I have found that the kids just love copying off the board (I'm guessing this is what they are most used to). I allow a bit of this, lets call it modelled writing, to introduce a new phrase. Then I try to get them to innovate on that phrase ie today we did 'How many .....s are there?' ' There are five ......s' etc etc. We also practise saying the phrase a number
times to work on fluency and phrasing.

Bhutanese students are unfailingly polite. The moment I appear with a pile of heavy books, students take them off me and deliver them where I need them without being asked. When entering a classroom (after going to the toilet for example), they wait at the door and ask for permission to enter. Every student greets me with 'Good Morning, Madam'. Australian children could definitely learn a thing or two from these Bhutanese kids.

Today I taught my grade 6 library class some games. They had never played bingo before, so contraction bingo and plurals bingo were a real hit. Another favorite from home is the 'Bang Game' for learning sightwords that had them laughing and enjoying themselves. Xavier (who comes to all my lessons in the library) was my little helper and was in his element!!

Other curious things happen daily and I just have to go with the flow. Today, in the middle of a lesson, my students had to carry their ramshackle stools out through a hole in the fence, across the national highway (unsupervised) down a dusty slippery hill to a workshop where men were repairing the stools. Some were in acceptable condition and were sent back, those that were falling apart were swapped for ones that were marginally better and then back to school again.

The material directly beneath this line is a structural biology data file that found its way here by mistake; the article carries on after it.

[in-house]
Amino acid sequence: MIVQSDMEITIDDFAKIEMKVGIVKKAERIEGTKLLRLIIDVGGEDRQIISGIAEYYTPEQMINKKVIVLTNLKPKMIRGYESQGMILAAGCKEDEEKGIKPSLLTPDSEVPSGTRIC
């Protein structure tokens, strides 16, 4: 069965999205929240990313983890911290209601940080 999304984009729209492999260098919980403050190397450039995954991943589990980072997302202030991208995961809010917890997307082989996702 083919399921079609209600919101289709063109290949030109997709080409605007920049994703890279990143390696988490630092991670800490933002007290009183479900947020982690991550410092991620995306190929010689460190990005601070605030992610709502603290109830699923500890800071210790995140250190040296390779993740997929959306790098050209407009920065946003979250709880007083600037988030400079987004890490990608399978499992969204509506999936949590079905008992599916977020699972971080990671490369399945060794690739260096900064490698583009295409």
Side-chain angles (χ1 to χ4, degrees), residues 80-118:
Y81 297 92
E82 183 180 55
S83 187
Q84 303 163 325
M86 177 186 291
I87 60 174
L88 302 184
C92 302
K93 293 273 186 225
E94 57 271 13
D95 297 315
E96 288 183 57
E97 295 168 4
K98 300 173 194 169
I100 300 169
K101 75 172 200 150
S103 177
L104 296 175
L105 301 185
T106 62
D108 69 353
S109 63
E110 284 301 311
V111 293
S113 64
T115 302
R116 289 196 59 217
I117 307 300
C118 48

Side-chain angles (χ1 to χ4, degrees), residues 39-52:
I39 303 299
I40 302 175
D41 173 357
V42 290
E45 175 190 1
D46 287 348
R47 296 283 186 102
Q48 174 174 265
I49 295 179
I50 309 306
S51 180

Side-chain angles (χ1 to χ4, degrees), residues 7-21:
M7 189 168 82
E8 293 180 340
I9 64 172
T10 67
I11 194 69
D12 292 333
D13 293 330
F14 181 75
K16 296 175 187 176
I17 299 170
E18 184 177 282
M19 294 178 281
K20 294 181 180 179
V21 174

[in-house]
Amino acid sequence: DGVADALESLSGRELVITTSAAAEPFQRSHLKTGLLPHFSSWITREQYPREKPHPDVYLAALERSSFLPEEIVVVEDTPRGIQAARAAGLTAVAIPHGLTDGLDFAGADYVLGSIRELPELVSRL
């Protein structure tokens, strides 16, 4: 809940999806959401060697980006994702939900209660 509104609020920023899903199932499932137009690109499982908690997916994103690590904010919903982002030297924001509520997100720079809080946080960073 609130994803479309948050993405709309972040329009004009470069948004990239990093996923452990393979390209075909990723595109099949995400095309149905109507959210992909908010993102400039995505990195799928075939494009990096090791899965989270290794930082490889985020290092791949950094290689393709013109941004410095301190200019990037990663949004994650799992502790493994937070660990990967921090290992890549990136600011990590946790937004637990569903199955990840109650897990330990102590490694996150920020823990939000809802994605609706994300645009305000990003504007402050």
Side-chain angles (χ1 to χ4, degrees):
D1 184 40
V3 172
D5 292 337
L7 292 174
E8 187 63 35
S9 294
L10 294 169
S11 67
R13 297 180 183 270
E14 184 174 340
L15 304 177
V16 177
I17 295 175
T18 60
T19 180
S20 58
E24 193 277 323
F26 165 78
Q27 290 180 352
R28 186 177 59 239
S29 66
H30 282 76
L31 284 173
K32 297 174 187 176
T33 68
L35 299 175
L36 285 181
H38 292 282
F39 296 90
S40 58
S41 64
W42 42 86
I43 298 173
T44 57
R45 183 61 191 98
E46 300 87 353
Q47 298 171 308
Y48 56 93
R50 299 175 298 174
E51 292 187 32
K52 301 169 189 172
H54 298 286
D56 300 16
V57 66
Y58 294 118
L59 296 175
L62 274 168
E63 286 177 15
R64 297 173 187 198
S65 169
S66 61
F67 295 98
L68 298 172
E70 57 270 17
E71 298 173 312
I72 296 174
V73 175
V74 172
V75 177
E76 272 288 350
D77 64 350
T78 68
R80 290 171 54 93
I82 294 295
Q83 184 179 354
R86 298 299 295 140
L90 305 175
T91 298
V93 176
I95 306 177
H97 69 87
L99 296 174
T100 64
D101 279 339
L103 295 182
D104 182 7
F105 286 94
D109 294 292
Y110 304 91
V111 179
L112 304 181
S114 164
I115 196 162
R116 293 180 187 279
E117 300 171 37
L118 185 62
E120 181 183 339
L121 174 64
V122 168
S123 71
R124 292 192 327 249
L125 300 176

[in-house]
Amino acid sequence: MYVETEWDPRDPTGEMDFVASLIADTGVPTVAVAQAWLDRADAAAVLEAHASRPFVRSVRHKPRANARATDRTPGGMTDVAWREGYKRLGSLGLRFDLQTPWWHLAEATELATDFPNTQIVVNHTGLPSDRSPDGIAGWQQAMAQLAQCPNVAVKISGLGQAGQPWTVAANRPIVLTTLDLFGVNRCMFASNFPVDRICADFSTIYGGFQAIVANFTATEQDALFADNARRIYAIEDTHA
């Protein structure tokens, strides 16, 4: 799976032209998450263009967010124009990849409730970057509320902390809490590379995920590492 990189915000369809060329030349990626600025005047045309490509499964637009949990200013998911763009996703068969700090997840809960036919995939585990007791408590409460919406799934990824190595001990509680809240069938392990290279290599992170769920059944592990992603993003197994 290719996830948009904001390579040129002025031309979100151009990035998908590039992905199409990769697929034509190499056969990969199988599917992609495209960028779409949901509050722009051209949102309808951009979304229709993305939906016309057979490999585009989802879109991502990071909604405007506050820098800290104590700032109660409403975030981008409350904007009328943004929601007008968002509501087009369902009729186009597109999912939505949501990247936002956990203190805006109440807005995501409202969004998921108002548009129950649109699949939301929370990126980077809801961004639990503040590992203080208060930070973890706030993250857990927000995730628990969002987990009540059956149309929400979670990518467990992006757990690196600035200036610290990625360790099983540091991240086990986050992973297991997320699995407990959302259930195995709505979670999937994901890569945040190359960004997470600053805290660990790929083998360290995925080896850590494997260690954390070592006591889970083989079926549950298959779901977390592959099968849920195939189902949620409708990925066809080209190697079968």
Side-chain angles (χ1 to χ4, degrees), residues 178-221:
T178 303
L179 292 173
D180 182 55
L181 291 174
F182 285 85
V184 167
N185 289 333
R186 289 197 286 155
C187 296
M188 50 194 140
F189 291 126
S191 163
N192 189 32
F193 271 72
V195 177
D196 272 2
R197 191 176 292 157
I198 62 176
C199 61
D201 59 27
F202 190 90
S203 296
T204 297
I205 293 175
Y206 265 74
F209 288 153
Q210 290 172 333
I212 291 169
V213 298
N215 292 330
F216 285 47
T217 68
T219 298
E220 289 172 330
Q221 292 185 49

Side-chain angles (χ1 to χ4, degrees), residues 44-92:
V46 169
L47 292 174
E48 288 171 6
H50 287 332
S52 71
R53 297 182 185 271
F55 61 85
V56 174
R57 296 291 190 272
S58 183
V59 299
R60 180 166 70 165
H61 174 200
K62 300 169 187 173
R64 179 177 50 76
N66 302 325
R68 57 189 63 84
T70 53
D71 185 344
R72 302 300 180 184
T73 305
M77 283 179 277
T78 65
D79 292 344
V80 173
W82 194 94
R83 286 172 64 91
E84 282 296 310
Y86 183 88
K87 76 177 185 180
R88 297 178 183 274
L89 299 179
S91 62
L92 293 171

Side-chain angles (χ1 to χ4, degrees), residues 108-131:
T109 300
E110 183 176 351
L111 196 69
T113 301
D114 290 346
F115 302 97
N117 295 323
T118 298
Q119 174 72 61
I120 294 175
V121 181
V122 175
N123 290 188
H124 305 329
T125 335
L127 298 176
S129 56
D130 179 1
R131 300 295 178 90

School finishes at 2.10pm for the pp and class 1 students, but 3.50 for my class 2. By the end of the day they are losing the plot, poor things, their brains full. With only four subjects, English, Maths, Dzongkha and EVS (social studies), it is a grueling academic schedule. We did a drawing activity this afternoon followed by their new favorite game, Duck Duck Goose. I was very pleased when the bell rang !!

Xavier and I often pop into one of the shops on the way home to see what we can see (you never know what they might have available). Xavier manages to twist my arm and gets a little treat (today a 10c choc bar). Walking home, our landlord's daughter Tenzin tags along (as an aside, her father's name is also Tenzin as is her little sister's. She has a new baby brother and he will also be named by the Dalai Lama, likely to be another Tenzin!!!). She is good at finding the colorful soft drink bottle tops from the side of the road that I am collecting to use as counters/counting materials in the classroom. She often boldly comes inside our home and plays with the boys while I get dinner ready. Tenzin is a sweet little girl, well behaved and it is nice to have her around.

Again, I have to load all my pictures at the end without captions. The internet was meant to be connected Monday this week but the Bhutan Telecom man did another no-show...